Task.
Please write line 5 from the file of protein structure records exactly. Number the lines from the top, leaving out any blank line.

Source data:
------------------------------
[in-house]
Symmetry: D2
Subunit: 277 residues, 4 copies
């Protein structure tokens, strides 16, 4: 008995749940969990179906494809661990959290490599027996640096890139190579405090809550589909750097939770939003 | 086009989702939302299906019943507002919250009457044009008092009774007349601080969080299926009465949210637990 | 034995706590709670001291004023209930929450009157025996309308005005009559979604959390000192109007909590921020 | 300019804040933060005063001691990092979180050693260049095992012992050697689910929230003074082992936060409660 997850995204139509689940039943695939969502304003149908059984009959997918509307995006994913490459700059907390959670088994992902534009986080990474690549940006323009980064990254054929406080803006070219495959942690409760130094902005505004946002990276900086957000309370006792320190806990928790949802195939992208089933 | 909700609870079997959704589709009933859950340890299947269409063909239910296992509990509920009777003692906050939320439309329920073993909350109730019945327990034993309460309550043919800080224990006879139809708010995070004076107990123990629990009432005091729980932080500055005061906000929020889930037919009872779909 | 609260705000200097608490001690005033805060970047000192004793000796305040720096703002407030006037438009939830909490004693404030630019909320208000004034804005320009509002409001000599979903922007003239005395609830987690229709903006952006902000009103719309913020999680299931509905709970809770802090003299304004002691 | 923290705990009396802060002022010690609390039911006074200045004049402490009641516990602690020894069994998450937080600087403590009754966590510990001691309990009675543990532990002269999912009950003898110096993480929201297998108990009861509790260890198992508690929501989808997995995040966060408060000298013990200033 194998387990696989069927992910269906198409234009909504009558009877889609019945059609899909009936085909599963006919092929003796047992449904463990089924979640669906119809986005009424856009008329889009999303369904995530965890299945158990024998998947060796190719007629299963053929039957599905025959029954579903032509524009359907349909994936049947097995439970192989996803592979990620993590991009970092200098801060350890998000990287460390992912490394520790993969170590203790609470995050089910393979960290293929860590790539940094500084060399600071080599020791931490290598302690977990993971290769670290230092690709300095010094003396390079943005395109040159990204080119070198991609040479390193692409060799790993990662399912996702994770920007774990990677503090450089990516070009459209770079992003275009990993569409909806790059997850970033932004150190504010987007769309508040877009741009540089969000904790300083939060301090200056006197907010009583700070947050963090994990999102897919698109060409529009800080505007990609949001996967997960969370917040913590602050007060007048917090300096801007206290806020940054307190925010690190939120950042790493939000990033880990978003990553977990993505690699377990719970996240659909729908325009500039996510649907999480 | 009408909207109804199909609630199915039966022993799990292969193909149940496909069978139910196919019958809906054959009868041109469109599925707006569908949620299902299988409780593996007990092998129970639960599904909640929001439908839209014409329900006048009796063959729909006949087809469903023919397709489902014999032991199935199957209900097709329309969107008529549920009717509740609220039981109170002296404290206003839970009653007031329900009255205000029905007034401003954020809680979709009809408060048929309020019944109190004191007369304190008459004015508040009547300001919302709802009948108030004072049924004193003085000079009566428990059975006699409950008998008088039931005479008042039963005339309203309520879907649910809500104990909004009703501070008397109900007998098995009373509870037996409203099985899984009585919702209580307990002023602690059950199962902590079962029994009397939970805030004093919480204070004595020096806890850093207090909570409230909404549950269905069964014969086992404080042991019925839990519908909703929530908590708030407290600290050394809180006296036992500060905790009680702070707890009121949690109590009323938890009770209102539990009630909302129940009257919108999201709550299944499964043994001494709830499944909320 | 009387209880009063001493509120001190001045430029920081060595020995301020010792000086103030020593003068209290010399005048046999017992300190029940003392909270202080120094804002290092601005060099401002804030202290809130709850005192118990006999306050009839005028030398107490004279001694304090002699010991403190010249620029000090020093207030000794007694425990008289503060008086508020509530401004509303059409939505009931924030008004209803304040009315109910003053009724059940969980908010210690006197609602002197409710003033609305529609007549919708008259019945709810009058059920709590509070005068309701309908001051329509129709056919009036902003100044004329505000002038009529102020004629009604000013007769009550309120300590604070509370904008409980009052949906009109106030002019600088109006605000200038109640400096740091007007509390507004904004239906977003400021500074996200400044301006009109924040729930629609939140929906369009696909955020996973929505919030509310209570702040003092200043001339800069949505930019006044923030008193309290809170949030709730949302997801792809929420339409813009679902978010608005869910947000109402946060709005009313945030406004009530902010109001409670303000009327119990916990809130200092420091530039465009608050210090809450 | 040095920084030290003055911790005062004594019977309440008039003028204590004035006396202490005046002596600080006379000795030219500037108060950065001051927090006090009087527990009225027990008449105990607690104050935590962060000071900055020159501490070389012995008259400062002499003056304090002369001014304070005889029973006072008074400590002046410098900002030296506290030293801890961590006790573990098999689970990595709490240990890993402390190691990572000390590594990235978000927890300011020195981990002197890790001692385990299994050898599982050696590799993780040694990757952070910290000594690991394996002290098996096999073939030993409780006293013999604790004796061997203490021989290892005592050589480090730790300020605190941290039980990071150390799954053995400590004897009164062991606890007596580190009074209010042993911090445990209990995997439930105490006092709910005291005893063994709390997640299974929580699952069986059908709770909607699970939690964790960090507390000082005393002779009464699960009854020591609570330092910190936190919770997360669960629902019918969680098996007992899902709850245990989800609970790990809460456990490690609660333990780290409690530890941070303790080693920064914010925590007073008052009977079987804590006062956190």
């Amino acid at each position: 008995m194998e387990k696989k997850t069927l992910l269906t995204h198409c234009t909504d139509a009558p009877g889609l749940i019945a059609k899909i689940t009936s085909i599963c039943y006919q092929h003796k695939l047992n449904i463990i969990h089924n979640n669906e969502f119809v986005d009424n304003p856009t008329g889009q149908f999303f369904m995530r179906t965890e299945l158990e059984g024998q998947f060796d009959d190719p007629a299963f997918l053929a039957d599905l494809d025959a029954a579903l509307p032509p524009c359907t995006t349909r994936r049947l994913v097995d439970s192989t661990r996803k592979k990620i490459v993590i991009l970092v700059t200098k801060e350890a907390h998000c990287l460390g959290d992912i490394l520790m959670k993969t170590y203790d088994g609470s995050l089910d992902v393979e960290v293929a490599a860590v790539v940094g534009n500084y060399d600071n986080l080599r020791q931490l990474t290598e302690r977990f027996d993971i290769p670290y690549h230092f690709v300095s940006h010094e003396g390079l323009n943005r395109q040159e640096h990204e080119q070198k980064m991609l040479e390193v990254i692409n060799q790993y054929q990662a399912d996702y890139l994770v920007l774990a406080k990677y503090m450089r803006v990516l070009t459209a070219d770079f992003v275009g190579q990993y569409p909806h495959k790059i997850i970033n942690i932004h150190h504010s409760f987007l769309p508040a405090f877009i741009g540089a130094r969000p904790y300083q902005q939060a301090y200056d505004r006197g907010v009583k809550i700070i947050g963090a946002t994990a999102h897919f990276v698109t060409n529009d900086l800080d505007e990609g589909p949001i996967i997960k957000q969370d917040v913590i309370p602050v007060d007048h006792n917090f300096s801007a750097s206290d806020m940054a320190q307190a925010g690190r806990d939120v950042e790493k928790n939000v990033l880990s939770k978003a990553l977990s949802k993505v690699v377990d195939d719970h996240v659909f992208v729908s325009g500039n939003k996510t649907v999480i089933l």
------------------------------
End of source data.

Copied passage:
């Amino acid at each position: 008995m194998e387990k696989k997850t069927l992910l269906t995204h198409c234009t909504d139509a009558p009877g889609l749940i019945a059609k899909i689940t009936s085909i599963c039943y006919q092929h003796k695939l047992n449904i463990i969990h089924n979640n669906e969502f119809v986005d009424n304003p856009t008329g889009q149908f999303f369904m995530r179906t965890e299945l158990e059984g024998q998947f060796d009959d190719p007629a299963f997918l053929a039957d599905l494809d025959a029954a579903l509307p032509p524009c359907t995006t349909r994936r049947l994913v097995d439970s192989t661990r996803k592979k990620i490459v993590i991009l970092v700059t200098k801060e350890a907390h998000c990287l460390g959290d992912i490394l520790m959670k993969t170590y203790d088994g609470s995050l089910d992902v393979e960290v293929a490599a860590v790539v940094g534009n500084y060399d600071n986080l080599r020791q931490l990474t290598e302690r977990f027996d993971i290769p670290y690549h230092f690709v300095s940006h010094e003396g390079l323009n943005r395109q040159e640096h990204e080119q070198k980064m991609l040479e390193v990254i692409n060799q790993y054929q990662a399912d996702y890139l994770v920007l774990a406080k990677y503090m450089r803006v990516l070009t459209a070219d770079f992003v275009g190579q990993y569409p909806h495959k790059i997850i970033n942690i932004h150190h504010s409760f987007l769309p508040a405090f877009i741009g540089a130094r969000p904790y300083q902005q939060a301090y200056d505004r006197g907010v009583k809550i700070i947050g963090a946002t994990a999102h897919f990276v698109t060409n529009d900086l800080d505007e990609g589909p949001i996967i997960k957000q969370d917040v913590i309370p602050v007060d007048h006792n917090f300096s801007a750097s206290d806020m940054a320190q307190a925010g690190r806990d939120v950042e790493k928790n939000v990033l880990s939770k978003a990553l977990s949802k993505v690699v377990d195939d719970h996240v659909f992208v729908s325009g500039n939003k996510t649907v999480i089933l």